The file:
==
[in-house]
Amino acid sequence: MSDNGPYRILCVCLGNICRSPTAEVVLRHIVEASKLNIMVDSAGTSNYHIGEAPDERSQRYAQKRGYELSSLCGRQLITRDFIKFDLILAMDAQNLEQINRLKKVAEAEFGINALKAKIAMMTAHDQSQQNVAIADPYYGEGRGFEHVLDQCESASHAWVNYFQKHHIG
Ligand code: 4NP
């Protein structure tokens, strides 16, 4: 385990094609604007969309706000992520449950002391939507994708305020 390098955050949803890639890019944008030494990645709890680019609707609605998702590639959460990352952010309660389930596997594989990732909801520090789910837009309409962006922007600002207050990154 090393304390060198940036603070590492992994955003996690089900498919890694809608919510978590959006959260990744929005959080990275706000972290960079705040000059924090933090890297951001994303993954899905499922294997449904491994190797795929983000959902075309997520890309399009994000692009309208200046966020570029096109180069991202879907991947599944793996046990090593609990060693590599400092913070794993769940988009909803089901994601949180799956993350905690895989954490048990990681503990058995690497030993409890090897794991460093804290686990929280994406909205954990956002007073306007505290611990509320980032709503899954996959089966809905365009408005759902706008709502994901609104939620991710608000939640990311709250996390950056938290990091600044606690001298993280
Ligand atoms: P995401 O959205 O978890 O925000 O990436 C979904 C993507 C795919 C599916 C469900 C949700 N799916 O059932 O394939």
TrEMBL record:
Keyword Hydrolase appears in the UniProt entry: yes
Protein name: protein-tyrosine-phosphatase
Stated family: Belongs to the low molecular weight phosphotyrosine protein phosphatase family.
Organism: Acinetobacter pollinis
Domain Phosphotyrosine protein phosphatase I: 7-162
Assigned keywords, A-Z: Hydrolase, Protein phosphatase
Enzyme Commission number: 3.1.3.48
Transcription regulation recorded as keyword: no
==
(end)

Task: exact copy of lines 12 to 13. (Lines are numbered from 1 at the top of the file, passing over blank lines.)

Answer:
Assigned keywords, A-Z: Hydrolase, Protein phosphatase
Enzyme Commission number: 3.1.3.48